This article was published in Australian Dictionary of Biography, Volume 8, (MUP), 1981
Robert Gordon Edgell (1866-1948), civil engineer, farmer and manufacturer, was born on 6 February 1866 at Hunters Hill, Sydney, son of Henry Edgell, insurance clerk from England, and his native-born wife Charlotte Packer, née Gordon. In 1872 the family moved to northern Tasmania, where Gordon was educated privately and under John Clemon at Evandale Public School. He joined the Mount Bischoff Tin Mining Co. as a cadet in 1882. Edgell returned to Sydney in 1885 and joined Mort's Dock and Engineering Co. Ltd. On completing his apprenticeship he was appointed a draughtsman. He also studied mining-engineering and metallurgy and was briefly a consulting engineer to a chemical manufacturer.
In mid-1890 Edgell joined the roads and bridges branch of the New South Wales Department of Public Works as a temporary draughtsman, designing the lift bridge over the Murray River at Swan Hill, Victoria, the swing mechanism for the Pyrmont Bridge, Sydney, and bridges over many northern rivers in New South Wales. In 1895 he was in charge of the Wollombi district, and was transferred as road superintendent to Maitland in 1898 and to Bathurst in 1902.
At All Souls Anglican Church, Leichhardt, Edgell married Elsie Catherine Keep (d.1939) on 20 August 1896. On retiring from the public service in 1906, he and his wife bought Bradwardine, near Bathurst, from Sir Francis Suttor. He planted a hundred acres (40 ha) with apples and pears on the uplands, and asparagus on the flats, applying the latest technology to farming—including mechanical cultivation, elevated water channels fitted with irrigation gates, soil analyses and other innovations.
In 1925 Edgell sent his eldest son Maxwell to the United States of America to learn asparagus canning techniques; in September next year, in partnership with two sons Maxwell and Hampden, he opened his first cannery at Bradwardine in a galvanized iron shed, where the small staff made their own cans and sealed them with a hand-held soldering-iron. In 1930 he registered a public company, Gordon Edgell and Sons Ltd and was chairman of directors until 1948. Under Edgell's guidance the firm prospered despite the Depression: a new, larger factory was built in 1933, and extended with administrative blocks in 1938; a popular product was launched—the growing and canning of green peas; and additional farming land was bought and contracts entered into with private growers. The industry boomed during World War II as it supplied food to the Australian and American armed forces, as well as to the domestic market. Edgell began processing carrots, apples, cauliflowers, brussels sprouts, potatoes, tomatoes, and a range of soups. He supervised the purchase of land at Cowra and in 1943 started another cannery there.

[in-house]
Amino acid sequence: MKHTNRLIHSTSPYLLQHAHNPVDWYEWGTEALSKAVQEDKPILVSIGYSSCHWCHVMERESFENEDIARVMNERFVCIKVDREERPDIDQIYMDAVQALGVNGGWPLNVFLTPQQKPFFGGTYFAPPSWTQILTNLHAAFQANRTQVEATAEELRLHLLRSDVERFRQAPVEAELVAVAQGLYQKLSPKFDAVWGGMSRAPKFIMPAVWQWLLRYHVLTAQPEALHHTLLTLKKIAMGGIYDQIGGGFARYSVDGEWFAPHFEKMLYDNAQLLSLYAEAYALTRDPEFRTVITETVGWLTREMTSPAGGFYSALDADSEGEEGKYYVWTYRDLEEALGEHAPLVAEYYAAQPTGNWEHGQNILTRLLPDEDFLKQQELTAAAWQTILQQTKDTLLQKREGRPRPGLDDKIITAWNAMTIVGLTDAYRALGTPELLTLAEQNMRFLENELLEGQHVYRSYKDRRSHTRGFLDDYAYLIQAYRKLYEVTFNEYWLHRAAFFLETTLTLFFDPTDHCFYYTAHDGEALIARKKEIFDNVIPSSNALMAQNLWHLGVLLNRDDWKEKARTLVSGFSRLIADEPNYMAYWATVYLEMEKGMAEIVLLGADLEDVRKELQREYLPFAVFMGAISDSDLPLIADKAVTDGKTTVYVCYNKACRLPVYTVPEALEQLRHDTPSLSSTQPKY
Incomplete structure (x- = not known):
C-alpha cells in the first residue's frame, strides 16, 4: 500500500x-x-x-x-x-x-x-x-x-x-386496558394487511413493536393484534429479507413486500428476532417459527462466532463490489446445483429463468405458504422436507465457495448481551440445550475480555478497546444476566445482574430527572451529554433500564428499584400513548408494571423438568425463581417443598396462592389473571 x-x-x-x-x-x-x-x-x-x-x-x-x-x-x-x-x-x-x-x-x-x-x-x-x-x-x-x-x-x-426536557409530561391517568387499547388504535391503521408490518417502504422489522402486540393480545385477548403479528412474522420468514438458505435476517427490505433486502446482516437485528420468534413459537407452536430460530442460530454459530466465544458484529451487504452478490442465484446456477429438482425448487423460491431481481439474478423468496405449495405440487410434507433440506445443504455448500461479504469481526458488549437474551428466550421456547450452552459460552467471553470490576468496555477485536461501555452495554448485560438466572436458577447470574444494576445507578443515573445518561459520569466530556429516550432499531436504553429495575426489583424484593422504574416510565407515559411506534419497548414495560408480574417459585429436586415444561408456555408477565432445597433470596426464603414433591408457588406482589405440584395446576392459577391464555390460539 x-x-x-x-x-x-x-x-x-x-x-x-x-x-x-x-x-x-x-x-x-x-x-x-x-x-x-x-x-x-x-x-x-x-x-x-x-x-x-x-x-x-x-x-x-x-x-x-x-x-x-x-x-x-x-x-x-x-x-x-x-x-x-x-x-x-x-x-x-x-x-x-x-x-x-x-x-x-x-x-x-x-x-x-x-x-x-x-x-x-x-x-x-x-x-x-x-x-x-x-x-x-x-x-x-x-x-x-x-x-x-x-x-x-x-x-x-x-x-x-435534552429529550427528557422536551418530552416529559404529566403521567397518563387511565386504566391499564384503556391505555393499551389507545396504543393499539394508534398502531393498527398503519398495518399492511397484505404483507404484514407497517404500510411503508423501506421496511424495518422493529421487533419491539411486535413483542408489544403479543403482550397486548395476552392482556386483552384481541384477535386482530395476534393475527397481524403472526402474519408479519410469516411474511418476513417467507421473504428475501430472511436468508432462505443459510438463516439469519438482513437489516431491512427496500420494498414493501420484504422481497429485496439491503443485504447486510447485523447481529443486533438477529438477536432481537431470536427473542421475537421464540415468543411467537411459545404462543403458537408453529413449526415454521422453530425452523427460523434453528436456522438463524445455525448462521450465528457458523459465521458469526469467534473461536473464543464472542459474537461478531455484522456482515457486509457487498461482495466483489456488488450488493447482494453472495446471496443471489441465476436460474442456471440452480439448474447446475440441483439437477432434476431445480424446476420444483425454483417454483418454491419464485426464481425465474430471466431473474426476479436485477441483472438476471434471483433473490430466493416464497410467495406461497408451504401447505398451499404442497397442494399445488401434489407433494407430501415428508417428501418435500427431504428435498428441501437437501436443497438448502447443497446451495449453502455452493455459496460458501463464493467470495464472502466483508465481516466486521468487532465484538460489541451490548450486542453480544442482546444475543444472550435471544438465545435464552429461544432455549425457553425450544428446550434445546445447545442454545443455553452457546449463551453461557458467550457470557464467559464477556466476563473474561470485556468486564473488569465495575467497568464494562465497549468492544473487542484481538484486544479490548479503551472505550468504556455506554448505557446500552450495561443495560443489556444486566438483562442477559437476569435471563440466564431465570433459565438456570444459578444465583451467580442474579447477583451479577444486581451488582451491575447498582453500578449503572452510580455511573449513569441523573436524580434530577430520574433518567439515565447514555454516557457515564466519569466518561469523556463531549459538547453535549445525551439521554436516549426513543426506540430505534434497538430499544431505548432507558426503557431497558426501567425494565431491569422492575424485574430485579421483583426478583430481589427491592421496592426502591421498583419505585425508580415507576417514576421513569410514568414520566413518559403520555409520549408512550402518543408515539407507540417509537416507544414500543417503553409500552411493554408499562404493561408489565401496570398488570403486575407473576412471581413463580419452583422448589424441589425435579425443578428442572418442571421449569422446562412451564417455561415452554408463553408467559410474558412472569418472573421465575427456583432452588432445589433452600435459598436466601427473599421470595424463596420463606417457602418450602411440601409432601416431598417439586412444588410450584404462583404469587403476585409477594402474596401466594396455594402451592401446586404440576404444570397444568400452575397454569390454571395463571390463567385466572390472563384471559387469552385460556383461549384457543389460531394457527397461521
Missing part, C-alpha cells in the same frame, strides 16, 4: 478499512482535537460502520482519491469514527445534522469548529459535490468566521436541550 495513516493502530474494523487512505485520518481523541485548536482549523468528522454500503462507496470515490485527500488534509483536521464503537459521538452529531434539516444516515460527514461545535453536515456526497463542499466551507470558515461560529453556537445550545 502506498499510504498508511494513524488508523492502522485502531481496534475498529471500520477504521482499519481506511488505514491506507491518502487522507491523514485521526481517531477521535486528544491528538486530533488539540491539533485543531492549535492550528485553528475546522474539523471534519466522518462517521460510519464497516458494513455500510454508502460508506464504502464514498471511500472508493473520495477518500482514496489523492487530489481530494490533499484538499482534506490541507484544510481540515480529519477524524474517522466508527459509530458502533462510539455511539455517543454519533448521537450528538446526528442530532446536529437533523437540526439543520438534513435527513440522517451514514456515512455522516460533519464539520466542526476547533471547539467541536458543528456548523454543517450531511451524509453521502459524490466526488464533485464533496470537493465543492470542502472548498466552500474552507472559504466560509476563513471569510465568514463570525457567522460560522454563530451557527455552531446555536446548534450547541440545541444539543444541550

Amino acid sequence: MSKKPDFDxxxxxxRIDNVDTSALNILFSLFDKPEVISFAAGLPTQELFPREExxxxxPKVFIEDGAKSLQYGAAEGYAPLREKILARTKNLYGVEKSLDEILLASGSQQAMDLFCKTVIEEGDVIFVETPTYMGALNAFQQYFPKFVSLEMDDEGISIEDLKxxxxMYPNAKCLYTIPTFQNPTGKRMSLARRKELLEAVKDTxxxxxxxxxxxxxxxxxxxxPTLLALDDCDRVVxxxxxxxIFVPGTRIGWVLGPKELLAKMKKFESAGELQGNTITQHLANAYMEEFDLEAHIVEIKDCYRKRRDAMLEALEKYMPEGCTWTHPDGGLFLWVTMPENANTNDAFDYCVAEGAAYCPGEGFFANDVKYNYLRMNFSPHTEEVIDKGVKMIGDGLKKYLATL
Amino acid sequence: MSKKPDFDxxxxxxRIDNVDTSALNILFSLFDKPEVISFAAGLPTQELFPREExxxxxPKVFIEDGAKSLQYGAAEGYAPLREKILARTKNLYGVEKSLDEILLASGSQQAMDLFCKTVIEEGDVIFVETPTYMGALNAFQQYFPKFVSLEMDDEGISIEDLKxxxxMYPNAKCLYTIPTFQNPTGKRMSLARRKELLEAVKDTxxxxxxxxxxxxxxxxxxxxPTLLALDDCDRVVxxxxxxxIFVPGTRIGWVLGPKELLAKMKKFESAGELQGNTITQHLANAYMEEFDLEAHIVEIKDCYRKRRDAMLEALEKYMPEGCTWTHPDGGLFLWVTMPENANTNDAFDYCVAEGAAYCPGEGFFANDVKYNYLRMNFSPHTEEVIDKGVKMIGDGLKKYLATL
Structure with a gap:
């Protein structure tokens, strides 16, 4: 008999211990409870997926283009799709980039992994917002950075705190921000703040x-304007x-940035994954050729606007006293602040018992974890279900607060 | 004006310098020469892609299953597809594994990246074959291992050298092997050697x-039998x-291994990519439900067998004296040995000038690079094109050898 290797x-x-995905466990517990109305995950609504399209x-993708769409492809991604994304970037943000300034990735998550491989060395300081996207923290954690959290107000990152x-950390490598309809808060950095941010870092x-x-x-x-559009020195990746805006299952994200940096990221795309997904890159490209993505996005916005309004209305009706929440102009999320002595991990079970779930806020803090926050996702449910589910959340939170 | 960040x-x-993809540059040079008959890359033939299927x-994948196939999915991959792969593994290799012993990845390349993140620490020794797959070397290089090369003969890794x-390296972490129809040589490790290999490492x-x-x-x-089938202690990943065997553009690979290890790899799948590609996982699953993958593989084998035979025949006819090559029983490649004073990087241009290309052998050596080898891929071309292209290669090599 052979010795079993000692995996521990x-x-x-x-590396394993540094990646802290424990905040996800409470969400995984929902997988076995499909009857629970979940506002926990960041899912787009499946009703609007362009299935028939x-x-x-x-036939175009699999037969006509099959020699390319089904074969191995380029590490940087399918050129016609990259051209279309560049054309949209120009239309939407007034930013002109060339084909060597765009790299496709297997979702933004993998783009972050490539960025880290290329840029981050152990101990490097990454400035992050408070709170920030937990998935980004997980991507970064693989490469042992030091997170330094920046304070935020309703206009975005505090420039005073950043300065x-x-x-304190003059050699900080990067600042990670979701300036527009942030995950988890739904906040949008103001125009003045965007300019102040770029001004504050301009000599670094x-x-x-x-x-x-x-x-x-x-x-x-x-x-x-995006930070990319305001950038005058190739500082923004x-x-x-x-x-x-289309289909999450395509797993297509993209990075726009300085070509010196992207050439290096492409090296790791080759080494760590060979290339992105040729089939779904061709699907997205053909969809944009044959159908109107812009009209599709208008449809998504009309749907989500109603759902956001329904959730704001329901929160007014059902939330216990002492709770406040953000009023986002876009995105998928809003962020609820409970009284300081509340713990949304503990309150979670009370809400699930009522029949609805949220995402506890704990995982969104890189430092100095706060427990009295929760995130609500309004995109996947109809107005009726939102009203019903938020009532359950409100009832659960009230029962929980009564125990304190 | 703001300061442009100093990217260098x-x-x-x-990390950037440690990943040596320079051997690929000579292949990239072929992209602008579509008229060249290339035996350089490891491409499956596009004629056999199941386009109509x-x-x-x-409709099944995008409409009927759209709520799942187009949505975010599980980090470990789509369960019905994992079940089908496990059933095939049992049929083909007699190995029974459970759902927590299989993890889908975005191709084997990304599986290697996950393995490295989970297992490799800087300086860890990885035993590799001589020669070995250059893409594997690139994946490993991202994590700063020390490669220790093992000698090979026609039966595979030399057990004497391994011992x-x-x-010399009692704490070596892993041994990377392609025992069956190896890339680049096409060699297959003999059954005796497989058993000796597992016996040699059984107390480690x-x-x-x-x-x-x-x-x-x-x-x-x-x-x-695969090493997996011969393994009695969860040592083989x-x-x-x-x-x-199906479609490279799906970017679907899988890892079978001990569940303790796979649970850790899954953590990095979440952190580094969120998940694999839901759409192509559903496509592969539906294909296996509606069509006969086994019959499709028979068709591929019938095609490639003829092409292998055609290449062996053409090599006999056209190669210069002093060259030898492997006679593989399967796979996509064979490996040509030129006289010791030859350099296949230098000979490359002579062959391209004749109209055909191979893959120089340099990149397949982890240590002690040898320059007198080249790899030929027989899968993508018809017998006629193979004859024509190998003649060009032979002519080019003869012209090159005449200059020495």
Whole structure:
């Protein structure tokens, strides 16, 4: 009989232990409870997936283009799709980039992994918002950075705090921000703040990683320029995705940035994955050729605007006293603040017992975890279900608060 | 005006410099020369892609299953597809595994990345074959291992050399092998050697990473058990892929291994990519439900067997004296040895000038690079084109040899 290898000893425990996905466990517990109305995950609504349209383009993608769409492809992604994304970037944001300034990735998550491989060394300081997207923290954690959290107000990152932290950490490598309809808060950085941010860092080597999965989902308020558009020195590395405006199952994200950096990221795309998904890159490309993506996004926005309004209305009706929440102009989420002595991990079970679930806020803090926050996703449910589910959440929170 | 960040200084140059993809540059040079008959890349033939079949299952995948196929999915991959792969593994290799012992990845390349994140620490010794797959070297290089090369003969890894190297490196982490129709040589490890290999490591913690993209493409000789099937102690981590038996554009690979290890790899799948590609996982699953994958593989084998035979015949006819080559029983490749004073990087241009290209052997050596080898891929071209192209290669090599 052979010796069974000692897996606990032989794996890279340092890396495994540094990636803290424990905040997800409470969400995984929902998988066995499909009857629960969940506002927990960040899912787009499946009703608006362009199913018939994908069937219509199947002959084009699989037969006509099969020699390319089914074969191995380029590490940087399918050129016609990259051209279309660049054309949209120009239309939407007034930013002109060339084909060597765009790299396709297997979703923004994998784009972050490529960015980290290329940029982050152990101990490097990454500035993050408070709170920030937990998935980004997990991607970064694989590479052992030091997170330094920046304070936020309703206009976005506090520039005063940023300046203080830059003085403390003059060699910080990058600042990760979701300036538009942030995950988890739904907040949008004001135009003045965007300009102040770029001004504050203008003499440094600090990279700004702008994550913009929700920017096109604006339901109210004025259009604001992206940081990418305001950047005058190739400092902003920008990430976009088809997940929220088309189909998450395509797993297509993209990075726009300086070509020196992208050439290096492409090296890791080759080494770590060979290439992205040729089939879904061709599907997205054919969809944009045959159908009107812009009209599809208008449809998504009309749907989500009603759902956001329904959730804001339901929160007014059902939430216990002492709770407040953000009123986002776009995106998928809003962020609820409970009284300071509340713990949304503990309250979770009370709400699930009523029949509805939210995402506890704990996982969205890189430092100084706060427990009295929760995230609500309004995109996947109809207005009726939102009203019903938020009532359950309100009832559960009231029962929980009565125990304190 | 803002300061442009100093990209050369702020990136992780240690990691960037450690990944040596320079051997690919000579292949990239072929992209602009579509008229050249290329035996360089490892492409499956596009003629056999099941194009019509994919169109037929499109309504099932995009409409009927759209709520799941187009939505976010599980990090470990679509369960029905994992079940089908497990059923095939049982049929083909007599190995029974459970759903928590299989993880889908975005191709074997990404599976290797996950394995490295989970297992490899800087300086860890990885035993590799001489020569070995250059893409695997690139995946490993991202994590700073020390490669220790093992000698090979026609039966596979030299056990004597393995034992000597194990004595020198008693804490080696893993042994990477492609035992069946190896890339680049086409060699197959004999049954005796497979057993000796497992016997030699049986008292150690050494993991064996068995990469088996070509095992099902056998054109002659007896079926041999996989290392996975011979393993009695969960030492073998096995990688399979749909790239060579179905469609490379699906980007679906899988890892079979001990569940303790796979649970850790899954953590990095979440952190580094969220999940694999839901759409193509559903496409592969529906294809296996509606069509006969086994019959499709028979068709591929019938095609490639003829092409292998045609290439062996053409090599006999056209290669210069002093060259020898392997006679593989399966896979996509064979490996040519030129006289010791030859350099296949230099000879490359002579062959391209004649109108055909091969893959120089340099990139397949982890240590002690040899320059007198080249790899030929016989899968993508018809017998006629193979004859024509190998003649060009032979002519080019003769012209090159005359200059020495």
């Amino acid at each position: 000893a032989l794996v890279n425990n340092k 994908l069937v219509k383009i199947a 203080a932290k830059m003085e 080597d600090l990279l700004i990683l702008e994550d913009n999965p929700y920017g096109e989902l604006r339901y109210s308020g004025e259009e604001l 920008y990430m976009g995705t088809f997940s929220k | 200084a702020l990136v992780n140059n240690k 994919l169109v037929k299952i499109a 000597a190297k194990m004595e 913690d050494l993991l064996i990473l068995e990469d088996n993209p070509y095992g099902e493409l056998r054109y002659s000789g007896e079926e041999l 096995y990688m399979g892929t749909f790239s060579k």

Edgell was sometime president of the Bathurst Fruit Growers' Association, bowling and Rotary clubs, and had become an associate member of the Institution of Civil Engineers, London, the Institution of Engineers and Shipbuilders in Scotland, the Royal Society of New South Wales and the Engineering Association of New South Wales in the 1890s. He bought his first car in 1903. For his services to Bathurst he was awarded King George V's silver jubilee medal in 1935 and King George VI's coronation medal in 1937. On 2 December 1948 Edgell died at Bradwardine, Bathurst, and was cremated with Anglican rites in Sydney. He was survived by his three sons. By that time Edgell's canned foods had become a well-established brand name with a reputation for quality throughout Australia. His estate was sworn for probate at £29,900.
K. L. Fry, 'Edgell, Robert Gordon (1866–1948)', Australian Dictionary of Biography, National Centre of Biography, Australian National University, http://adb.anu.edu.au/biography/edgell-robert-gordon-6086/text10425, published first in hardcopy 1981, accessed online 22 December 2014.
This article was first published in hardcopy in Australian Dictionary of Biography, Volume 8, (MUP), 1981